After his e-mails were revealed in 2011, Sammon defended his actions to The Daily Beast ’s Howard Kurtz, who wrote of the affair:
 
Sammon says his reference to “mischievous speculation” was
“my probably inartful way of saying, ‘Can you believe how far
this thing has come?’ ” The socialism question indeed “struck
me as a far-fetched idea” in 2008. “I considered it kind of a
remarkable notion that we would even be having the conversation.”
He doesn’t regret repeatedly raising it on the air because,
Sammon says, “it was a main point of discussion on all the
channels, in all the media”—and by 2009 he was “astonished
by how the needle had moved.”(8)
 
But a review of the media coverage at the time shows that Fox and Sammon, far from responding to a media narrative, were the driving force behind the reporting of Barack Obama’s supposed attraction to socialism. Two weeks before sending his memo to producers, Sammon appeared on Fox’s afternoon news program The Live Desk to discuss how Barack Obama’s comment to Joe the Plumber, an Ohio man, who became a conservative movement fixture after confronting the future president at a campaign stop—that “when you spread the wealth around, it’s good for everybody”(9)—was “tantamount to socialism.”(10) A few days later Sammon was on Greta Van Susteren’s show discussing the same topic, and later that week on Fox & Friends, he again reported on the political ramifications of Obama’s supposed links to socialism.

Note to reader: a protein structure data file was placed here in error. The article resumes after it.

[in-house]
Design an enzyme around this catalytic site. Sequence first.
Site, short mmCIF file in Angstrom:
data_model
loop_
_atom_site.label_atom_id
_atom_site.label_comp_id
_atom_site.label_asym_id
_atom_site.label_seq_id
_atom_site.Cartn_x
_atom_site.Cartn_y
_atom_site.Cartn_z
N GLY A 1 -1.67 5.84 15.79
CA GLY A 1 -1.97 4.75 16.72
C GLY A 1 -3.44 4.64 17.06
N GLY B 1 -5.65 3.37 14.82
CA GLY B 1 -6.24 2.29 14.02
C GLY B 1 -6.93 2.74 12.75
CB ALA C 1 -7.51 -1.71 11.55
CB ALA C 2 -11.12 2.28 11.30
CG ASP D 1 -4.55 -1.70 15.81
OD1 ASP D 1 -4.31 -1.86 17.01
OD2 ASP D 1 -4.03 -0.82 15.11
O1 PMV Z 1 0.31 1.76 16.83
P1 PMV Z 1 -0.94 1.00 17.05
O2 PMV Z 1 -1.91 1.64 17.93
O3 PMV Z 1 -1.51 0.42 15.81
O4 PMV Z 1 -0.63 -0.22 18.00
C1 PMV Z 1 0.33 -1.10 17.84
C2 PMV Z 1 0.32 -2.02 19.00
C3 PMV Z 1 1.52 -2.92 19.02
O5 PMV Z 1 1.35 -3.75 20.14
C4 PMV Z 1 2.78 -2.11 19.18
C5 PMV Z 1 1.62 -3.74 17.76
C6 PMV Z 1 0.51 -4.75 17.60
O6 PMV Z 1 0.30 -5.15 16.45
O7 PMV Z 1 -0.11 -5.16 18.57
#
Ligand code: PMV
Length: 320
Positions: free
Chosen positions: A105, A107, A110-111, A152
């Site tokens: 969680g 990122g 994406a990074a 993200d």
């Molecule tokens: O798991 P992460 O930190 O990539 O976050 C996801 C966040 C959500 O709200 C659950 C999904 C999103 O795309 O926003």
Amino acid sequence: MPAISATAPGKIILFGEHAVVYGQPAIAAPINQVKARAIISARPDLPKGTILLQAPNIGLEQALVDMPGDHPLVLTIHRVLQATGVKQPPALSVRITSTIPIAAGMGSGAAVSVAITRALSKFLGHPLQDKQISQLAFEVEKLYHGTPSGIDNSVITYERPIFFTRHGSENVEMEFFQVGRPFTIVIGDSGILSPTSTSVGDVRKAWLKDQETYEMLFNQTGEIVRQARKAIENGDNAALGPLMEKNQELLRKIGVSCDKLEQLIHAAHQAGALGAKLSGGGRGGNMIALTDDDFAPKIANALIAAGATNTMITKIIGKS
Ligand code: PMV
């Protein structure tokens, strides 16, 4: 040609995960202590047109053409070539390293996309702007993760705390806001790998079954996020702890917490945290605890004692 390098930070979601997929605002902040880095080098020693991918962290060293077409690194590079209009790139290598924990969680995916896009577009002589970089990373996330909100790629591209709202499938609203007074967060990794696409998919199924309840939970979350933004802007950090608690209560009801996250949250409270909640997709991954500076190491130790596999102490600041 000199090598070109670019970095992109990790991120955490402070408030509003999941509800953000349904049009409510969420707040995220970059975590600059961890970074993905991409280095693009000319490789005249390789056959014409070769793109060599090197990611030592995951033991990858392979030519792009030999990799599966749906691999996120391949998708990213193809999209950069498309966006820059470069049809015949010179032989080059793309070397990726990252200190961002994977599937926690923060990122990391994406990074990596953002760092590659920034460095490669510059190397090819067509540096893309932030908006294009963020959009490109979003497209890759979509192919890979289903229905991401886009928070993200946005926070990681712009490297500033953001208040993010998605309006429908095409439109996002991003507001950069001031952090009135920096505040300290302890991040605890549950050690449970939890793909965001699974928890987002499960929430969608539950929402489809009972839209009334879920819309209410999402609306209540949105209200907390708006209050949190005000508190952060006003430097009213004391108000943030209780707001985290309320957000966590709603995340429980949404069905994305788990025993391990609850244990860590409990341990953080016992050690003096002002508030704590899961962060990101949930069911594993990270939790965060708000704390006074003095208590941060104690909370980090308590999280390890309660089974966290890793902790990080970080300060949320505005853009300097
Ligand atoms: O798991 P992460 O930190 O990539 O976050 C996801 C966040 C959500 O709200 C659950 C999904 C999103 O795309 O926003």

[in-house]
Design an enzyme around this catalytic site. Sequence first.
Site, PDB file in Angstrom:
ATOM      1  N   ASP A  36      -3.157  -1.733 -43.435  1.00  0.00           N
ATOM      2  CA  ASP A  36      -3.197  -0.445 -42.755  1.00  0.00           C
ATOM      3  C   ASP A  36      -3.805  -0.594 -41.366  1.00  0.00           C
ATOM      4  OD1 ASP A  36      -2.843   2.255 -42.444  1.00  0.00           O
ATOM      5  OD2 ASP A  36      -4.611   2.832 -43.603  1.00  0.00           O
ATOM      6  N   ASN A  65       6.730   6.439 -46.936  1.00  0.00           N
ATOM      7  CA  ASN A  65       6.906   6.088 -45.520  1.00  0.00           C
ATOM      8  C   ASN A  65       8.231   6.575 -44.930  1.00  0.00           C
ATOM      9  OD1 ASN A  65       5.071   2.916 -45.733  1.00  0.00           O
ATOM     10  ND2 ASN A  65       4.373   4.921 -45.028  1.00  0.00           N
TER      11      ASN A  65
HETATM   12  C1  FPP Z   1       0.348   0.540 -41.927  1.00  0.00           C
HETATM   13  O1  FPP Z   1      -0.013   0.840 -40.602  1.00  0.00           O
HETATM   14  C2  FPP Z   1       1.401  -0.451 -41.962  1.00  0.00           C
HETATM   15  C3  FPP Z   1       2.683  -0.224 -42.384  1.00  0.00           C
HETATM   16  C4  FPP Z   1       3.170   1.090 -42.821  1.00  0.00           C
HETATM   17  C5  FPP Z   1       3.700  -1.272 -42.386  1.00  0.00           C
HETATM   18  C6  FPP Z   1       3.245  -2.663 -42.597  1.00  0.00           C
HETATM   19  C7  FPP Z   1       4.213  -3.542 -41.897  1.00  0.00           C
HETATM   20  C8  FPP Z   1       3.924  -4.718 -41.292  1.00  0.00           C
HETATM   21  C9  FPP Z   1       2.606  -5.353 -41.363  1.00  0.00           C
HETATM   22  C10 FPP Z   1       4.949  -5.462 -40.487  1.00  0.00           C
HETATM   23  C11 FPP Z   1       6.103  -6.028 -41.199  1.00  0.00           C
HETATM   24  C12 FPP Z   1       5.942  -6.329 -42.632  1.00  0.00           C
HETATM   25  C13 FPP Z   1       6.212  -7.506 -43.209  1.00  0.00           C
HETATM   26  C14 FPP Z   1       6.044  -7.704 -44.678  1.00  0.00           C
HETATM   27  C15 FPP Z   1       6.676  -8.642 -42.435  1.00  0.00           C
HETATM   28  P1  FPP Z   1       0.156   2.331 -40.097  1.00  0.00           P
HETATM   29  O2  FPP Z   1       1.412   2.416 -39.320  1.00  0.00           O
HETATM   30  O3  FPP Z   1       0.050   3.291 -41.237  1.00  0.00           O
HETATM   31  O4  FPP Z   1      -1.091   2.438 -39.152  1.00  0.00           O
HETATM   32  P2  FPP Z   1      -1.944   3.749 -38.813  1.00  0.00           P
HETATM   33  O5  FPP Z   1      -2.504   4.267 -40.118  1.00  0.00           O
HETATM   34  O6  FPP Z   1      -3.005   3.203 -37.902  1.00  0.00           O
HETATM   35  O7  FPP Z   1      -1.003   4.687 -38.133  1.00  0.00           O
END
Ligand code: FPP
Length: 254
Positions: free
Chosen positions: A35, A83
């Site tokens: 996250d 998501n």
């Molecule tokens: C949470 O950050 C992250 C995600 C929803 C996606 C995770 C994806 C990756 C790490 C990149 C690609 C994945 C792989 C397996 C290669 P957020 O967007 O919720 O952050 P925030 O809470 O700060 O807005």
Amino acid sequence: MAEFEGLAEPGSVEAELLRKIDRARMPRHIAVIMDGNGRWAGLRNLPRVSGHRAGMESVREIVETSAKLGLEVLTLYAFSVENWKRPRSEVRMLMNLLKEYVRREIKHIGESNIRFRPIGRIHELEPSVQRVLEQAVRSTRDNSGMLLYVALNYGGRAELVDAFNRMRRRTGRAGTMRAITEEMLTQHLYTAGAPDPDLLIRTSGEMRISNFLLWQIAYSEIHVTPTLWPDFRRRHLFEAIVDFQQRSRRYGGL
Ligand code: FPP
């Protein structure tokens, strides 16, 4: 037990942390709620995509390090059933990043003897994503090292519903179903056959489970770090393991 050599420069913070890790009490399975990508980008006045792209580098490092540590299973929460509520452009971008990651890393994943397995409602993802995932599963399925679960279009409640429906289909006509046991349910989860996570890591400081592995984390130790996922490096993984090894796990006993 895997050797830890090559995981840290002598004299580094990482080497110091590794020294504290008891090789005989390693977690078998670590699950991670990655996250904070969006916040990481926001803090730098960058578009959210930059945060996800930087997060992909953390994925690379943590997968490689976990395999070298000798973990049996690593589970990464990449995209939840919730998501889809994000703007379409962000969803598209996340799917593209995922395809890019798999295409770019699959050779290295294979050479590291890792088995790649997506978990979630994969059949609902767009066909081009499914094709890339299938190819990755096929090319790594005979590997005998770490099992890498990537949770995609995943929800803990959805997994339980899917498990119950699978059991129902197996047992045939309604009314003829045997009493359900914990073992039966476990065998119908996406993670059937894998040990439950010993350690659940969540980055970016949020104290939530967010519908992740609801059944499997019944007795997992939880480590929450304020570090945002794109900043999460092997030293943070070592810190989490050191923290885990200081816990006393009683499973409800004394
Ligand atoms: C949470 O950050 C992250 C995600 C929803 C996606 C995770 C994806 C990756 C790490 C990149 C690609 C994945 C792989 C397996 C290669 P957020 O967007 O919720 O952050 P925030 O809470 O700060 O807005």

Other journalists are not so willing to accept Sammon’s explanation to Kurtz. “I don’t think deception is ever acceptable in journalism,” John Walcott, McClatchy’s Washington bureau chief during the 2008 election, remarked of the Fox executive’s conduct. “I think there are times when we don’t say everything we’ve learned for reasons of personal security and national security. But outright deception, saying something that you know to be untrue or have no basis for believing is true, is not journalism, it is propaganda.”(11)
 
Sammon’s transgressions at the tail end of the 2008 election only marked the beginning of a larger transition at the network, one that would see Fox News change from a network that provided a conservative outlook on the news to an active and unapologetic mouthpiece for the Republican Party.
 
Media Matters for America, our organization, produces thousands of pieces of research a year focused on correcting conservative misinformation in the media. Our efforts to squelch such lies and distortions initially were distributed over a wide range of news sources—various conservative websites, radio programs, and television shows. But in early 2009, we noticed a marked increase in politically motivated misinformation coming from Fox News. Our attention was thus drawn increasingly to that channel—not only because they were serial violators of responsible journalism, but because their influence and reach within the media and with the public at large as the most-watched cable news network made it even more important to counteract their distortions of the truth. In early 2009, for instance, approximately 33 percent of our work focused on Fox News and its affiliates; in 2010, that number rose to 44 percent. By the beginning of 2011 we were spending more than 54 percent of our time focused on the network. This was not intentional; it was a matter of responding to this growing trend: the vast majority of the lies, smears, and distortions from conservative media flowed from or through Fox News.